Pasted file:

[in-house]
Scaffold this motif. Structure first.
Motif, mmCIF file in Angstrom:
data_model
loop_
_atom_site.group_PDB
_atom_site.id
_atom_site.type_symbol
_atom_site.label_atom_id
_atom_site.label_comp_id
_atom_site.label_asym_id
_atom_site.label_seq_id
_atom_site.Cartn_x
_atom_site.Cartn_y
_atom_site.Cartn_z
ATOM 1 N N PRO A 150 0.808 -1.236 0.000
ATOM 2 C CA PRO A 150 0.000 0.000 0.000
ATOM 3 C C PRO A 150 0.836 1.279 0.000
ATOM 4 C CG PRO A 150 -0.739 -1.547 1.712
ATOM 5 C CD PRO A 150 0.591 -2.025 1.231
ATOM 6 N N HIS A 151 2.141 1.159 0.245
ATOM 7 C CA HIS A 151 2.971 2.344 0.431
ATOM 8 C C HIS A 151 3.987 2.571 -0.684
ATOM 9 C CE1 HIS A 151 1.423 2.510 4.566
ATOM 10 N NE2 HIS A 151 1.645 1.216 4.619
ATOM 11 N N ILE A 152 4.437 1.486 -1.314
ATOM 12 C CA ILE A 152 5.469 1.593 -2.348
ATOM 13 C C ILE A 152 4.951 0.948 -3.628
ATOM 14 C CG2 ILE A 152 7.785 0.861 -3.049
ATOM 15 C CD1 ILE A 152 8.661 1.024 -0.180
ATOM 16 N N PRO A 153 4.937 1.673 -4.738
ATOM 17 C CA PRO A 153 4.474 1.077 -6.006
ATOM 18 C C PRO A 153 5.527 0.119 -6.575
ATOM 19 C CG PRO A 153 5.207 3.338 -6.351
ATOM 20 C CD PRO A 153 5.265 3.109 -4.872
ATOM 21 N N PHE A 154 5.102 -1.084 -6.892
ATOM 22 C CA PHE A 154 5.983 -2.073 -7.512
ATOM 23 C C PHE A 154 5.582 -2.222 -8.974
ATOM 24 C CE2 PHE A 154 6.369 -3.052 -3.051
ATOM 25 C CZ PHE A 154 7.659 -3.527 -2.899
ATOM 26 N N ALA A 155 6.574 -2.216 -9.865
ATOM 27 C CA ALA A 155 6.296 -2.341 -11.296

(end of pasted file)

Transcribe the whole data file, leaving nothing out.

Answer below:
[in-house]
Scaffold this motif. Structure first.
Motif, mmCIF file in Angstrom:
data_model
loop_
_atom_site.group_PDB
_atom_site.id
_atom_site.type_symbol
_atom_site.label_atom_id
_atom_site.label_comp_id
_atom_site.label_asym_id
_atom_site.label_seq_id
_atom_site.Cartn_x
_atom_site.Cartn_y
_atom_site.Cartn_z
ATOM 1 N N PRO A 150 0.808 -1.236 0.000
ATOM 2 C CA PRO A 150 0.000 0.000 0.000
ATOM 3 C C PRO A 150 0.836 1.279 0.000
ATOM 4 C CG PRO A 150 -0.739 -1.547 1.712
ATOM 5 C CD PRO A 150 0.591 -2.025 1.231
ATOM 6 N N HIS A 151 2.141 1.159 0.245
ATOM 7 C CA HIS A 151 2.971 2.344 0.431
ATOM 8 C C HIS A 151 3.987 2.571 -0.684
ATOM 9 C CE1 HIS A 151 1.423 2.510 4.566
ATOM 10 N NE2 HIS A 151 1.645 1.216 4.619
ATOM 11 N N ILE A 152 4.437 1.486 -1.314
ATOM 12 C CA ILE A 152 5.469 1.593 -2.348
ATOM 13 C C ILE A 152 4.951 0.948 -3.628
ATOM 14 C CG2 ILE A 152 7.785 0.861 -3.049
ATOM 15 C CD1 ILE A 152 8.661 1.024 -0.180
ATOM 16 N N PRO A 153 4.937 1.673 -4.738
ATOM 17 C CA PRO A 153 4.474 1.077 -6.006
ATOM 18 C C PRO A 153 5.527 0.119 -6.575
ATOM 19 C CG PRO A 153 5.207 3.338 -6.351
ATOM 20 C CD PRO A 153 5.265 3.109 -4.872
ATOM 21 N N PHE A 154 5.102 -1.084 -6.892
ATOM 22 C CA PHE A 154 5.983 -2.073 -7.512
ATOM 23 C C PHE A 154 5.582 -2.222 -8.974
ATOM 24 C CE2 PHE A 154 6.369 -3.052 -3.051
ATOM 25 C CZ PHE A 154 7.659 -3.527 -2.899
ATOM 26 N N ALA A 155 6.574 -2.216 -9.865
ATOM 27 C CA ALA A 155 6.296 -2.341 -11.296